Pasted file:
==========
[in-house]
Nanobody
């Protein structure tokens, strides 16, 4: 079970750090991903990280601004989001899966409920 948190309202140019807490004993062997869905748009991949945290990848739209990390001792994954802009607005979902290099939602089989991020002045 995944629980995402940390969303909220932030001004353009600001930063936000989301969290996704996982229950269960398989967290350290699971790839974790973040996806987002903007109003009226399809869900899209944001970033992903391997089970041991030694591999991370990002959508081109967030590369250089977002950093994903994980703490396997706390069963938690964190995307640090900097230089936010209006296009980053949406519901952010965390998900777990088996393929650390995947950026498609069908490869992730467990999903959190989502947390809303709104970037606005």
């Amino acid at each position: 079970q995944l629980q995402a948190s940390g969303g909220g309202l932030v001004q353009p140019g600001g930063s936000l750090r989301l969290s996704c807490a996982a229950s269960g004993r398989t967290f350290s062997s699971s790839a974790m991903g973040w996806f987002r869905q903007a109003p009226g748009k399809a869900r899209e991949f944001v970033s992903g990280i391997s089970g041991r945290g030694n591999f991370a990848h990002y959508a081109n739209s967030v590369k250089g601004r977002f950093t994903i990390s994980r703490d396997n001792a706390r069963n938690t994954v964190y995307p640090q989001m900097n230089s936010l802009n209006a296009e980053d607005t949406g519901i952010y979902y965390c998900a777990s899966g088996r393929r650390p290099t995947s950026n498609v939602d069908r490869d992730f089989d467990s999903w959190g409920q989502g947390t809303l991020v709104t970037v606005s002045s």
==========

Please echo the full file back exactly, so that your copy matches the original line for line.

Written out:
[in-house]
Nanobody
């Protein structure tokens, strides 16, 4: 079970750090991903990280601004989001899966409920 948190309202140019807490004993062997869905748009991949945290990848739209990390001792994954802009607005979902290099939602089989991020002045 995944629980995402940390969303909220932030001004353009600001930063936000989301969290996704996982229950269960398989967290350290699971790839974790973040996806987002903007109003009226399809869900899209944001970033992903391997089970041991030694591999991370990002959508081109967030590369250089977002950093994903994980703490396997706390069963938690964190995307640090900097230089936010209006296009980053949406519901952010965390998900777990088996393929650390995947950026498609069908490869992730467990999903959190989502947390809303709104970037606005």
């Amino acid at each position: 079970q995944l629980q995402a948190s940390g969303g909220g309202l932030v001004q353009p140019g600001g930063s936000l750090r989301l969290s996704c807490a996982a229950s269960g004993r398989t967290f350290s062997s699971s790839a974790m991903g973040w996806f987002r869905q903007a109003p009226g748009k399809a869900r899209e991949f944001v970033s992903g990280i391997s089970g041991r945290g030694n591999f991370a990848h990002y959508a081109n739209s967030v590369k250089g601004r977002f950093t994903i990390s994980r703490d396997n001792a706390r069963n938690t994954v964190y995307p640090q989001m900097n230089s936010l802009n209006a296009e980053d607005t949406g519901i952010y979902y965390c998900a777990s899966g088996r393929r650390p290099t995947s950026n498609v939602d069908r490869d992730f089989d467990s999903w959190g409920q989502g947390t809303l991020v709104t970037v606005s002045s």